Dysembryoplastic neuroepithelial tumor differential diagnosis
The differential diagnosis of DNET includes oligodendrogliomas, low-grade gliomas, gangliogliomas and pleomorphic xanthoastrocytomas (PXA). Clinical features, imaging findings, and histologic findings are key in making the diagnosis
Low-grade epilepsy-associated neuroepithelial tumors (LEATs) create a diagnostic challenge in daily practice and intraoperative pathological consultation (IC) in particular.
Specific DNT is a homogeneous group of tumours sharing characteristics of pediatric low-grade gliomas: a quiet genome with a recurrent genomic alteration in the RAS–MAPKsignalling pathway, a distinct DNA methylation profile, a good prognosis but showing progression in some cases. The “non-specific/diffuse DNTs” subgroup encompasses various recently described histo-molecular entities, such as PLNTY and Diffuse astrocytoma MYB or MYBL1 altered 1).
Intraoperative squash smear cytology are extremely useful for accurate diagnosis; however, the knowledge of cytopathologic features of LEATs is based on individual case reports. Kurtulan et al. discuss the 3 most common and well-established entities of LEATs: ganglioglioma (GG), dysembryoplastic neuroepithelial tumor (DNT), and papillary glioneuronal tumor (PGNT).
Thirty patients who underwent surgery for GG, DNT, and PGNT between 2001 and 2021 were collected. Squash smears prepared during intraoperative consultation were reviewed by 1 cytopathologist and an experienced neuropathologist.
Among the 30 tumors, 16 (53.3%) were GG, 11 (36.6%) DNT, and 3 (10%) PGNT. Cytomorphologically, all of the 3 tumor types share 2 common features such as dual cell population and vasculocentric pattern. GG smears were characteristically composed of dysplastic ganglion cells and piloid-like astrocytes on a complex architectural background of thin- to thick-walled vessels. DNT, on the other hand, showed oligodendroglial-like cells in a myxoid thin fibrillary background associated with a delicate capillary network. Common cytological features of PGNT were hyperchromatic cells with narrow cytoplasm surrounding hyalinized vessels forming a pseudopapillary pattern and bland cells with neuroendocrine nuclei dispersed in a neuropil background.
A higher diagnostic accuracy can be obtained when squash smears are applied with frozen sections. However, it is important to integrate clinical and radiologic features of the patient as well as to know the cytopathologic features of the LEAT spectrum in the context of differential diagnosis to prevent misinterpretation in the IC 2).
A 29-year-old male from Bolivia, who lived in Spain, presented seizures and a multicystic brain lesion, initially suspected to be a dysembryoplastic neuroepithelial tumor (DNET). He underwent gross total resection of the mixed solid/cystic lesion. Pathology revealed gliosis, multiple interconnected cystic cavities with fibrous walls, inflammatory cell infiltration and no necrotizing granulomatous reaction. Inside the cavities, a parasitic form was identified as the larva of the cestode Spirometra mansoni. At 1-year follow-up, the patient had no deficits and was seizure free. Clinicians should be alerted to the possible existence of this rare entity in Europe, especially in patients from endemic areas with a possible infection history as well as “wandering lesions” on the MRI 3).
She was transferred from other Hospital after finding a right temporal lesion on MRI in the context of seizures.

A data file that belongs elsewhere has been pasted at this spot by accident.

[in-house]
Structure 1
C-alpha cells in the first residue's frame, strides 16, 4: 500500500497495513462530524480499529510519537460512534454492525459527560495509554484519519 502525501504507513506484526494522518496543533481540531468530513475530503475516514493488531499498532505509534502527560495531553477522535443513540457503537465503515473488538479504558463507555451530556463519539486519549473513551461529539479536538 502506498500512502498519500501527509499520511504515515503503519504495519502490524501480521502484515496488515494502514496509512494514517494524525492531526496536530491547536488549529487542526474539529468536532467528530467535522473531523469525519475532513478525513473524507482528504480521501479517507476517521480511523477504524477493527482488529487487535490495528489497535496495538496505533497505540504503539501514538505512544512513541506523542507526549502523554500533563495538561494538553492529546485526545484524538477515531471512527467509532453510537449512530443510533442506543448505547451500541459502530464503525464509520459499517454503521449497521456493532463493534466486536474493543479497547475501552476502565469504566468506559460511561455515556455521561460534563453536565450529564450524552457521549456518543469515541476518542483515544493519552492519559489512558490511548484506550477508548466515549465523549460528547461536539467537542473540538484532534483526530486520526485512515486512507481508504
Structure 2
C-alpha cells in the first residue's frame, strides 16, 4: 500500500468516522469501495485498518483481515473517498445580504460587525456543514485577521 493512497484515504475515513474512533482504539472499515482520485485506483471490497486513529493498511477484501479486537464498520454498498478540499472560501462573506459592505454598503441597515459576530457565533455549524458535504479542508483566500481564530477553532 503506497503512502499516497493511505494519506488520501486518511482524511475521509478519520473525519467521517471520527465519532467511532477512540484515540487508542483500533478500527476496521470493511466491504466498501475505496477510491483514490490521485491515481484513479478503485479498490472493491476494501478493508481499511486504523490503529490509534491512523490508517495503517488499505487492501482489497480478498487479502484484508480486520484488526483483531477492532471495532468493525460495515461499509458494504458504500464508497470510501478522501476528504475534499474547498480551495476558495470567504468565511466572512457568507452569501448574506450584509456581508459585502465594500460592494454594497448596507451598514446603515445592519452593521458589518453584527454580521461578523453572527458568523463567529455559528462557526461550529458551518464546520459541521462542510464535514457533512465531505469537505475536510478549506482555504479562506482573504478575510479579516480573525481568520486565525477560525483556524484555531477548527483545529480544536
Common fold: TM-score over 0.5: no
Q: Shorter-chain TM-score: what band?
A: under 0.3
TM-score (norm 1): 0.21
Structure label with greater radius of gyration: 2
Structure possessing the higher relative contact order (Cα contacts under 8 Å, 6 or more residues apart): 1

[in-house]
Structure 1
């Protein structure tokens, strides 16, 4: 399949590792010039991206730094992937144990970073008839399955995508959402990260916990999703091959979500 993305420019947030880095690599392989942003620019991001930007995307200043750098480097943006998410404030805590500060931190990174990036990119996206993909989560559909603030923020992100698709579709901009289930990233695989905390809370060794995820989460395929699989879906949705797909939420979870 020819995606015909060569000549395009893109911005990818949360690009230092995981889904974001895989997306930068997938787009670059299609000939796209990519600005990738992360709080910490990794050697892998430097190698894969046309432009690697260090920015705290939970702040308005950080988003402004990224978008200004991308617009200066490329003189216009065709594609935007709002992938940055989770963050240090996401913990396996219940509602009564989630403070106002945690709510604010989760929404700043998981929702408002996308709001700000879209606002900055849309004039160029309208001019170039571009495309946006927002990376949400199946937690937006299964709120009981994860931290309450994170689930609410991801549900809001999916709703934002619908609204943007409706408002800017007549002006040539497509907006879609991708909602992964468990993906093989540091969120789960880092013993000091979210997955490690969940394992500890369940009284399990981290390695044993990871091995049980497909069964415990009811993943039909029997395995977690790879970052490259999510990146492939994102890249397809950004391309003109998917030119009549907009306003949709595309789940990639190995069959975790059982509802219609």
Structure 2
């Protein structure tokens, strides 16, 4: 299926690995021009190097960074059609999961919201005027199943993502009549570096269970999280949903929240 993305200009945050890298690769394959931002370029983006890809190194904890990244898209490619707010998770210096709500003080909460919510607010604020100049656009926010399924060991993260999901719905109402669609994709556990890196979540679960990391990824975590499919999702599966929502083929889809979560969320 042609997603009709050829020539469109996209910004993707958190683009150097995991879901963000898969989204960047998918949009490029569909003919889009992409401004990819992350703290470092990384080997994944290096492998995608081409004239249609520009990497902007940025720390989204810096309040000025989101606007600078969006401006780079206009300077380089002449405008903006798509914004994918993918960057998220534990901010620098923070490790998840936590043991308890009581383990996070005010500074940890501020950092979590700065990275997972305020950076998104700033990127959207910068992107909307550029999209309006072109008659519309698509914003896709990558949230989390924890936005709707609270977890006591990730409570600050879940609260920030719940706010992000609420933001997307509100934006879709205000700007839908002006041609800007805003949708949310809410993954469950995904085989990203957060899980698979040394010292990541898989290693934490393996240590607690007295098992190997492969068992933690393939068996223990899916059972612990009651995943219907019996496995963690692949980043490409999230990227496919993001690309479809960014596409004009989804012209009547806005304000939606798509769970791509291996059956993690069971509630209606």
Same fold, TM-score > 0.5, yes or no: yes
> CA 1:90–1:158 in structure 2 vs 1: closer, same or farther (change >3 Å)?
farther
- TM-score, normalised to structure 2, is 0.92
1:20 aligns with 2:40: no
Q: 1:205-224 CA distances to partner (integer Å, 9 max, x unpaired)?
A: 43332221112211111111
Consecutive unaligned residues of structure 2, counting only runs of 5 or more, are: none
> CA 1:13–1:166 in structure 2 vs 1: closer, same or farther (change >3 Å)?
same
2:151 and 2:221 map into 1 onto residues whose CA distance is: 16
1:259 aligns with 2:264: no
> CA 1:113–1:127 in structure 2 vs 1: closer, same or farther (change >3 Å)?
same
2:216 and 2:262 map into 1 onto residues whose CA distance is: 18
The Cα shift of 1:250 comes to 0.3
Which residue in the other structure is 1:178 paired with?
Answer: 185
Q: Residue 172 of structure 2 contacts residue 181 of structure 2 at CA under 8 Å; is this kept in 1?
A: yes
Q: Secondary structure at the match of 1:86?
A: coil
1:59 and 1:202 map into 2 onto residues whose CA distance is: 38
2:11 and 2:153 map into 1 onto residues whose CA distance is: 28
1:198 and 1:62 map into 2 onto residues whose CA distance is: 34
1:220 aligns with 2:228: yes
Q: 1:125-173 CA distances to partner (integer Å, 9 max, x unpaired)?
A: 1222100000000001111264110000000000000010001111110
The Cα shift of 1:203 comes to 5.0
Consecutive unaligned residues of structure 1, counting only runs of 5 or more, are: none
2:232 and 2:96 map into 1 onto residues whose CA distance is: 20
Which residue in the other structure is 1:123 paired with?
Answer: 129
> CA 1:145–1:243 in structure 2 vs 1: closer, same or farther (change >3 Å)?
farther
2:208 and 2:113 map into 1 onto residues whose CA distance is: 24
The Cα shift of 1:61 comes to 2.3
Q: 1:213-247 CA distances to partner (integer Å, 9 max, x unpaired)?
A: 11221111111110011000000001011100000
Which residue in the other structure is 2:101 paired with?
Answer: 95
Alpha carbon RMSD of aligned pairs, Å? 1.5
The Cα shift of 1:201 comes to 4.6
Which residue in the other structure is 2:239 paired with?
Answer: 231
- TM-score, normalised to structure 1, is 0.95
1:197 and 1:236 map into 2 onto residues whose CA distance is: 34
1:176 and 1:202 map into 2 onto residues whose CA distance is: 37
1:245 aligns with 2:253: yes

Unprovoked focal seizure. Paroxysmal episodes of blank stare, unresponsiveness, Orofacial Dyskinesia, Guttural sounds, and hypersalivation lasting approximately 30 seconds. Transient global amnesia. He refers to a similar episode a month ago.
Cranial magnetic resonance imaging without and with intravenous contrast (8ml gadovist) was performed with the usual protocol: sagittal T1 TSE, axial T2 TSE, coronal T2 TSE, axial T2 FLAIR, axial T2 EG and axial diffusion.
A signal alteration centered on the anterior pole of the right temporal lobe of approx. 2.2×2.7×1.7cm (TxAPxCC) associates diffuse cortical thickening and the presence of a heterogeneous lesion with a solid and microcystic component that is hypointense in the T1 sequences and hyperintense in the T2 sequences, it also presents a hyperintensity of the peritumoral signal and an increase in diffusion in DWI sequences without presenting signal drop in the ADC. The perfusion sequences did not show an increase in cerebral perfusion at this level with ADC: 1.3. This lesion presents a heterogeneous contrast uptake, drawing attention to the presence of a solid pole adjacent to the dura that presents intense enhancement, but does not present dural enhancement. These findings may be related to a dysembryogenic neuroepithelial tumor (DNET) or to a Ganglioglioma as the main differential diagnoses. No microbleeds were seen in the gradient echo T2 sequence or calcifications. The rest of the cerebral, cerebellar and brainstem parenchyma show no morphological or signal alterations. Middle line centered. Free basal and perimesencephalic cisterns. Centered ventricular system with preserved ventricular size. The main arterial and intracranial venous vessels show a caliber and signal void within normality. Unoccupied paranasal sinuses and mastoid cells. Slight descent of the cerebellar tonsils not significant (2 mm).
Heterogeneous lesion centered on the anterior temporal pole of the right temporal lobe with a solid / cystic component and enhancement after contrast administration, with tumor characteristics suggesting a Dysembryoplastic neuroepithelial tumor (DNET) or a ganglioglioma as the main differential diagnoses.